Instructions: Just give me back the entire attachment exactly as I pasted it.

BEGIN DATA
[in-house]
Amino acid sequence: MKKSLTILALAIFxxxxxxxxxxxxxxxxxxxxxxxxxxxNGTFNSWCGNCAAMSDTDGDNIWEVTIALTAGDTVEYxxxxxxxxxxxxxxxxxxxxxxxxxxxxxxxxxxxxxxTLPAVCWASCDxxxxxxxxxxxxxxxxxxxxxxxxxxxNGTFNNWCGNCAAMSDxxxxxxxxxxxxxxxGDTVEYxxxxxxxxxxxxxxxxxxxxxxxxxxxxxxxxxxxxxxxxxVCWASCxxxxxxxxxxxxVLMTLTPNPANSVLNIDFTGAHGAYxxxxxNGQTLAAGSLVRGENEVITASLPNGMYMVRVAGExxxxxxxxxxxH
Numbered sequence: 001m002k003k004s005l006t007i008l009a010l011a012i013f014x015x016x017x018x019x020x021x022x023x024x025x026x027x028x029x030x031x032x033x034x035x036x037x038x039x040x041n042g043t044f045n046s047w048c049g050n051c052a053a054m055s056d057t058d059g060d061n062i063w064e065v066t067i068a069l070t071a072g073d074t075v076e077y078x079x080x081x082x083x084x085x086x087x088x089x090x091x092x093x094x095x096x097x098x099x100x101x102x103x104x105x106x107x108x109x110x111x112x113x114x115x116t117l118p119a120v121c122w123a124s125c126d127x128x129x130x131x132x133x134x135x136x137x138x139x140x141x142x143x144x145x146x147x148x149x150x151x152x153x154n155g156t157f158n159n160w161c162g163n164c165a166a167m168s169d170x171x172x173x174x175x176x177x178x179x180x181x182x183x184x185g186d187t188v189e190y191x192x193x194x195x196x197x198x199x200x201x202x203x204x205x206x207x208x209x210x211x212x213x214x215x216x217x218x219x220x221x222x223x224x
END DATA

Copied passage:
[in-house]
Amino acid sequence: MKKSLTILALAIFxxxxxxxxxxxxxxxxxxxxxxxxxxxNGTFNSWCGNCAAMSDTDGDNIWEVTIALTAGDTVEYxxxxxxxxxxxxxxxxxxxxxxxxxxxxxxxxxxxxxxTLPAVCWASCDxxxxxxxxxxxxxxxxxxxxxxxxxxxNGTFNNWCGNCAAMSDxxxxxxxxxxxxxxxGDTVEYxxxxxxxxxxxxxxxxxxxxxxxxxxxxxxxxxxxxxxxxxVCWASCxxxxxxxxxxxxVLMTLTPNPANSVLNIDFTGAHGAYxxxxxNGQTLAAGSLVRGENEVITASLPNGMYMVRVAGExxxxxxxxxxxH
Numbered sequence: 001m002k003k004s005l006t007i008l009a010l011a012i013f014x015x016x017x018x019x020x021x022x023x024x025x026x027x028x029x030x031x032x033x034x035x036x037x038x039x040x041n042g043t044f045n046s047w048c049g050n051c052a053a054m055s056d057t058d059g060d061n062i063w064e065v066t067i068a069l070t071a072g073d074t075v076e077y078x079x080x081x082x083x084x085x086x087x088x089x090x091x092x093x094x095x096x097x098x099x100x101x102x103x104x105x106x107x108x109x110x111x112x113x114x115x116t117l118p119a120v121c122w123a124s125c126d127x128x129x130x131x132x133x134x135x136x137x138x139x140x141x142x143x144x145x146x147x148x149x150x151x152x153x154n155g156t157f158n159n160w161c162g163n164c165a166a167m168s169d170x171x172x173x174x175x176x177x178x179x180x181x182x183x184x185g186d187t188v189e190y191x192x193x194x195x196x197x198x199x200x201x202x203x204x205x206x207x208x209x210x211x212x213x214x215x216x217x218x219x220x221x222x223x224x